I try not to gush when I write. The only exception I can think of is a post about the Grand Canyon from a year ago and even the “gushing” there was done a bit ironically for humor’s sake.
However, I just finished the novel Gilead by Marilynne Robinson and gushing is about all I want to do. It was incredible. It was fantastic! It was gripping!@ It was page turning!@^ It was the best novel ever in the history of ever!@^*
Okay I am done but seriously the novel was recommended by a good friend who is a not a “gushy” person but who did a fair amount of gushing about it. He was shocked and dismayed that I had not even heard of it. In my defense I have read several adequate books that he hasn’t. Though that is a weak defense because very few of the books I have read come close to attaining the mastery that is Gilead.
It is fiction but written as the memoirs of a 3rd generation, small town Iowa pastor for his 7 year old son. The town has been shrinking for decades and at the time of his death is almost non existent. Many relatives and friends have come and gone, mostly gone and he is left, along with his best friend, another pastor who lives across the street.
He spends his days carrying the heavy
load an old pastor’s heart. His brother, the more driven of the two, became an atheist. His father moved away from the town and on his death bed could not understand why his son stayed. His godson has led a wreck of a life, impregnating two young girls without the financial means or know how to take care of them. He looks at boxes of his sermon manuscripts with a sense of dread, feeling guilty for most of what he said or wrote and hoping nobody ever reads them. And he is penniless, with no money to leave his much younger widow and son.
Yet, even in his late 70s and near his death bed, he continues to study, prepare sermons, lead board meetings, council others and pray. He is the picture of a pastor who never quit being a pastor right up to his death bed.
It is now becoming cliche to say that most books inform but the rare ones transform. Gilead belongs with the rarest of the rare. I have not felt so inspired since reading the first ten chapters of Les Miserables, which also told the story of an old pastor who never stopped being a pastor.
In Gilead’s final moments, the protagonist recalls the parable of the prodigal son to note that the angels in heaven don’t even rejoice over the righteous son who stayed home. In what I found to be the most poetic phrase in the book he says, “I am the one for whom the rejoicing in heaven will be comparably restrained.” The angels aren’t even throwing parties for me!
But then he says, “And that’s all right.”
My ministry is young, only about a decade old. I was called away by God from the small town that had much in common with Robinson’s fictional “Gilead” and now I am in a very prosperous suburb. I have a lot going for me and think it is quite possible I won’t leave my family penniless when I die. In fact, the way things are going, it is possible that my children will actually be in their 60s when I die and will have more money than me. What is more, my wife will probably die first. At least that’s how she wants it and I am okay with that because I won’t have to worry about leaving her penniless.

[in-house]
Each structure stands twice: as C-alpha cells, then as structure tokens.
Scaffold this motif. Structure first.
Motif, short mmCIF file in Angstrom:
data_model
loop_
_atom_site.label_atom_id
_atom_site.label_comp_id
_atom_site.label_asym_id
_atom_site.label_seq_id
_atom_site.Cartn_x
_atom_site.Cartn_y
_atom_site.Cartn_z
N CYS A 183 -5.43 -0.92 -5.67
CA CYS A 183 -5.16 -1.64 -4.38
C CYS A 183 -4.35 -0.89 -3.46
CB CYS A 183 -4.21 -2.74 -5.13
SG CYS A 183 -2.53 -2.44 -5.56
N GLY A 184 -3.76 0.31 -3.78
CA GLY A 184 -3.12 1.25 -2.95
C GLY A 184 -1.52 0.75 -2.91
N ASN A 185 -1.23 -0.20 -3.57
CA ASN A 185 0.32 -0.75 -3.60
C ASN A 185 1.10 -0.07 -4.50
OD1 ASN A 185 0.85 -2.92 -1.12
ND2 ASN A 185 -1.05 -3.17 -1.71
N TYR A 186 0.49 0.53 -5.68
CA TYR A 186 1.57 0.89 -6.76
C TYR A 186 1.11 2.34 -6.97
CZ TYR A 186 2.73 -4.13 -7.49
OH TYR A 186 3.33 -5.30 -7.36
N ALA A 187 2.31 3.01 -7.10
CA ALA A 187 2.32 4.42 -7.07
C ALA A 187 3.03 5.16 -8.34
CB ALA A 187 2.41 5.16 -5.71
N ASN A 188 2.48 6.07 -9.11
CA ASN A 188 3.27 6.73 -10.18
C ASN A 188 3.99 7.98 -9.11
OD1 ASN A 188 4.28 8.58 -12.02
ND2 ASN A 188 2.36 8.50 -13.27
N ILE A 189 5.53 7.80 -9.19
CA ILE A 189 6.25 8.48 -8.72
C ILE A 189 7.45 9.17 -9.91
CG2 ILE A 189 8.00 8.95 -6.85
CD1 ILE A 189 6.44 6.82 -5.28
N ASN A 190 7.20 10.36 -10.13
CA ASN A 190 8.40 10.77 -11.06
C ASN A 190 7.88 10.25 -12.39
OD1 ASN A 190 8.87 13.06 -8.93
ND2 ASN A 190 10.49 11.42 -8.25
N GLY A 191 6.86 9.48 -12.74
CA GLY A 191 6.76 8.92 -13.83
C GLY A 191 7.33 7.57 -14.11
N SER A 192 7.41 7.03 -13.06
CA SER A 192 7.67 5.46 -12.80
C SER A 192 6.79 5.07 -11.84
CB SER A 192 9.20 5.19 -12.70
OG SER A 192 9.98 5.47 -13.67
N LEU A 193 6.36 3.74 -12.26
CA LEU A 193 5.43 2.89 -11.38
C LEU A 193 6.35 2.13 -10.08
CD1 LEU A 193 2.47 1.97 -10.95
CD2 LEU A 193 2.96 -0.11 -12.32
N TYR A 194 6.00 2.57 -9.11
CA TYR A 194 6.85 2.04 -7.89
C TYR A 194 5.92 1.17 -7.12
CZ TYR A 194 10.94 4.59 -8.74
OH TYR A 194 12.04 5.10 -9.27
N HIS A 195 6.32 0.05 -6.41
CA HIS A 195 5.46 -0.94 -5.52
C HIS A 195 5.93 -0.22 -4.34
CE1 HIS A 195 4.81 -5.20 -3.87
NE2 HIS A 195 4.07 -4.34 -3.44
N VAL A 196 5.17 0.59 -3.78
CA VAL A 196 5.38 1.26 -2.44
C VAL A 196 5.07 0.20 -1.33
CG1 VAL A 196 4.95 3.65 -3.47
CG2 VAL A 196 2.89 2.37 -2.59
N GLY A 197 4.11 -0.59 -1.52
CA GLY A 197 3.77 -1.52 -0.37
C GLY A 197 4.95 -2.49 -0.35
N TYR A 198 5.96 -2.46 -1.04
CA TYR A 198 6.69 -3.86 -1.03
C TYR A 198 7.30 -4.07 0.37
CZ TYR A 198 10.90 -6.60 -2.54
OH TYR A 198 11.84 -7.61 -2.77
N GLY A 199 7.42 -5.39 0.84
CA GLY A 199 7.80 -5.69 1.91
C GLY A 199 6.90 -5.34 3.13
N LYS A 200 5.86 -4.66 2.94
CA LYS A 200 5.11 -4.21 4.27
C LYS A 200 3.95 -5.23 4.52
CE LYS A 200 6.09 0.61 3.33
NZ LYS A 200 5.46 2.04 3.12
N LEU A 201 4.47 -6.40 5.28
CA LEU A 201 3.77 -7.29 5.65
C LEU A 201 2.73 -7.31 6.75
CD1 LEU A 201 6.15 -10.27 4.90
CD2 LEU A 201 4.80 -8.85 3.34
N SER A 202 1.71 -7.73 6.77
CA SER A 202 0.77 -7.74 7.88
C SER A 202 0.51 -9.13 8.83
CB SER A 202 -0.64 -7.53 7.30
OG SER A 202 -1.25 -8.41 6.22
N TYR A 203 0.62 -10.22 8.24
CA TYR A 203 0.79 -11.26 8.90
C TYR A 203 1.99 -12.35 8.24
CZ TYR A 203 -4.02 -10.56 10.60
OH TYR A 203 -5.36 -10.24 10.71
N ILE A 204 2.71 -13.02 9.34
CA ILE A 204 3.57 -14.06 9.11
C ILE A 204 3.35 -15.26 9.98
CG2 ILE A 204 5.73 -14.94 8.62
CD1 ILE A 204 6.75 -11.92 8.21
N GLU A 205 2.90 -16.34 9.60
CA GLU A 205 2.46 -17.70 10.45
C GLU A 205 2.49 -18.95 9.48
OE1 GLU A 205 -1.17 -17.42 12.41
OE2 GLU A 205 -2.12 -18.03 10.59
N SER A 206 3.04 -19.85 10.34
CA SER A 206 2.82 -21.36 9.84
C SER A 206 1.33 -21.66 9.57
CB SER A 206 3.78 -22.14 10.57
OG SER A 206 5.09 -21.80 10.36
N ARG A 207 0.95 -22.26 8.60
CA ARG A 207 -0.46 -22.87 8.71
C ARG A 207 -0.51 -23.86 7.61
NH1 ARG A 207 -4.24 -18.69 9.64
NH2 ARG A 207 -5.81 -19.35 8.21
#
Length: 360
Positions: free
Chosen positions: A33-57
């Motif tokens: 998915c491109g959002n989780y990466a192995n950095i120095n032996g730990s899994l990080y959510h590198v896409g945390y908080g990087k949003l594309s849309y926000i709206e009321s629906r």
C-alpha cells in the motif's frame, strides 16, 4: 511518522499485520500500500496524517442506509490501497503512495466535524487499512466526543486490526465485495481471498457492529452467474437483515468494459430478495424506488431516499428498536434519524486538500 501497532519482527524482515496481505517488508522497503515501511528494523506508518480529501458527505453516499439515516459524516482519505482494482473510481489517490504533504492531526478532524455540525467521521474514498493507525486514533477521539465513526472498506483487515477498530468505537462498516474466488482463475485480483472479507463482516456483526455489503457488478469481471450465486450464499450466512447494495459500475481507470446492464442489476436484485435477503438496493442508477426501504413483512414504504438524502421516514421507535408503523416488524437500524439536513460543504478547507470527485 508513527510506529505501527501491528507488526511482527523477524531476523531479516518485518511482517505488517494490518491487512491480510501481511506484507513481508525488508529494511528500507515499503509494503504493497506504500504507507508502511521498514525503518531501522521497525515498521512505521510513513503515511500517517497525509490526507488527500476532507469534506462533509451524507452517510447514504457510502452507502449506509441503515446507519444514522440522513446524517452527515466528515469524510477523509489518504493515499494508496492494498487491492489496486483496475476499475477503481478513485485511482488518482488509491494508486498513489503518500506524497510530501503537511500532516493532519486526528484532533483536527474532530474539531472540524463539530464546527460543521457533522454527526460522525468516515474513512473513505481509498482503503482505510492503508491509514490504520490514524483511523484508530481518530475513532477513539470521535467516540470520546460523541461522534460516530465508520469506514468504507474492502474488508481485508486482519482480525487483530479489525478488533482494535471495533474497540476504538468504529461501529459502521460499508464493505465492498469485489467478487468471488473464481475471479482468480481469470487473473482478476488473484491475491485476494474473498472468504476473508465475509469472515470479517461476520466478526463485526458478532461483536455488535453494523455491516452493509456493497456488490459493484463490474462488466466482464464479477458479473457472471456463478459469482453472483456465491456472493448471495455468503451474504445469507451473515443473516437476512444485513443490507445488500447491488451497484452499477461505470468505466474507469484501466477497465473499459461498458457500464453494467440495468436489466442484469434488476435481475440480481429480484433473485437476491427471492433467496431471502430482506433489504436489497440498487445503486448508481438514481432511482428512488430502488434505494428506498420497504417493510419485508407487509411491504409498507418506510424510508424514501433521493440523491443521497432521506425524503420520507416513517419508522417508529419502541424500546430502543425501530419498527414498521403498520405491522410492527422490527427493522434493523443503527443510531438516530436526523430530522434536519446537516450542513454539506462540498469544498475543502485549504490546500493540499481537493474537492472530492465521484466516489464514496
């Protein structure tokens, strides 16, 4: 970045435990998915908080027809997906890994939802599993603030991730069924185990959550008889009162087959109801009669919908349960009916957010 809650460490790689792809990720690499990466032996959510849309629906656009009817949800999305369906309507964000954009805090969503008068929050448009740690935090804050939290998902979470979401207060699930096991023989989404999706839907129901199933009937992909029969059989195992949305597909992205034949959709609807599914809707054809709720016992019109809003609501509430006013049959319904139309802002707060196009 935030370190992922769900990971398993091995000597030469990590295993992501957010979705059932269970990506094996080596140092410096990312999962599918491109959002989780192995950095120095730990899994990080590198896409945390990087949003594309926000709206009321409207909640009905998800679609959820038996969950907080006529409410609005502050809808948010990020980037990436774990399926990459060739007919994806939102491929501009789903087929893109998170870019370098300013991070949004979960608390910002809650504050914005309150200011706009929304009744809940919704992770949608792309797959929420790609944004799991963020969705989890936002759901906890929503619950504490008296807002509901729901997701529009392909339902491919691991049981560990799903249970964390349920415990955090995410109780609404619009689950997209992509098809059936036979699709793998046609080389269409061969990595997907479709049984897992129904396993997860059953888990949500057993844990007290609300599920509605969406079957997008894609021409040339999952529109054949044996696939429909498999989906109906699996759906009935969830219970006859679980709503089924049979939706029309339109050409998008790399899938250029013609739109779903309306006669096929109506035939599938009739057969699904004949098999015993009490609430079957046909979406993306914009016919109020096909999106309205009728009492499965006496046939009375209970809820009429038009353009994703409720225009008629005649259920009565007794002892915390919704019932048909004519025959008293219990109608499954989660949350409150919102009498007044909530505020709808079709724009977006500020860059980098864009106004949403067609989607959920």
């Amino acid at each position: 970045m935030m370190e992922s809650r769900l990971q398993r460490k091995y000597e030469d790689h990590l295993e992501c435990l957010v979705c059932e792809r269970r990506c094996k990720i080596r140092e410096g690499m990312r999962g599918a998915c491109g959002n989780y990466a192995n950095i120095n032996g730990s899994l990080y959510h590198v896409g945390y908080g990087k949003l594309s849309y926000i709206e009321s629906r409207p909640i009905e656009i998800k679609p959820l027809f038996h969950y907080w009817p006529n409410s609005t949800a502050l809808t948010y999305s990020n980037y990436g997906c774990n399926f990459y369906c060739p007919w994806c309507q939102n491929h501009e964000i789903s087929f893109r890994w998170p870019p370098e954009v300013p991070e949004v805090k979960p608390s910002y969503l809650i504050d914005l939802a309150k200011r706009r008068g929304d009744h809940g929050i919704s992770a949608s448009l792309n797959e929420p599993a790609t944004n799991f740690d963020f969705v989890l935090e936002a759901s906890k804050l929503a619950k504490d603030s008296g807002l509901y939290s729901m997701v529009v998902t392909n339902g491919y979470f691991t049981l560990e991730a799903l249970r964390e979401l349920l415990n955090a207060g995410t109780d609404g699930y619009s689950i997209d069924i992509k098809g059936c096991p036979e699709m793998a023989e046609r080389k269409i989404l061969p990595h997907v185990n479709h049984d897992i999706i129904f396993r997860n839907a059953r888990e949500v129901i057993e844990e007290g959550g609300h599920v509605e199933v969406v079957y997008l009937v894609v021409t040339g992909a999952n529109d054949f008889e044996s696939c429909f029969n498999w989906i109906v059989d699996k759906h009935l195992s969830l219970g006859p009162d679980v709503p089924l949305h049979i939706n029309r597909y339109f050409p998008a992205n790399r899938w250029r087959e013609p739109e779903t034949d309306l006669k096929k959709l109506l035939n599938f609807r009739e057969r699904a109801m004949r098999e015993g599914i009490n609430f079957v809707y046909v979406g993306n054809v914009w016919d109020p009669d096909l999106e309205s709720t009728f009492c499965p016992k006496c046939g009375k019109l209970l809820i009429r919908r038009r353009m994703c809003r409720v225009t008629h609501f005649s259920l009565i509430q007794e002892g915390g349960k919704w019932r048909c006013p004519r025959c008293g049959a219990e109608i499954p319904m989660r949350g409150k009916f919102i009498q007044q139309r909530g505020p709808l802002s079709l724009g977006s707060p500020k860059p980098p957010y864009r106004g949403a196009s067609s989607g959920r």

But some days I can’t help but feel like this pastor in Gilead. After all, other than the boring sins of pride and selfishness, a bit of anger here and there with a bit of laziness thrown in, I have no scandalous stories to tell. My home was the Church of the Nazarene and I never demanded my share and stormed out of town. I don’t drink alcohol or do drugs and have never tried. I waited until I was married and now have two kids and a dog living a very American dream type life. I would like to think I spend my money well. I try to give it generously along with my tie. I am quick to reconcile and have a few other strengths that I play too while ignoring my weaknesses. To top it all off I spend time in prayer and fasting, not nearly enough but more than your average sinner. I am the son who stayed home.
That isn’t too brag at all. That is just to say if I am one of the two sons, I am the one that dad’s not going to throw a party for or kill any fat cows to my benefit. I am the righteous son whom the rest of the world (along with the angels) rolls their eyes at.
And that is okay. After all, as Gilead’s pastor reminded me, “There is no justice in love, no proportion in it and there need not be, because in any specific instance it is only a glimpse or parable of an embracing, incomprehensible reality. It makes no sense at all because it is the eternal breaking in on the temporal.” It would seem pointing people to that reality is its own reward.
With that said, this short little review didn’t do “Gilead” justice. So please, go read the book, especially if you are a pastor!
And try to survive January. May you find blessings in its cold, dark days.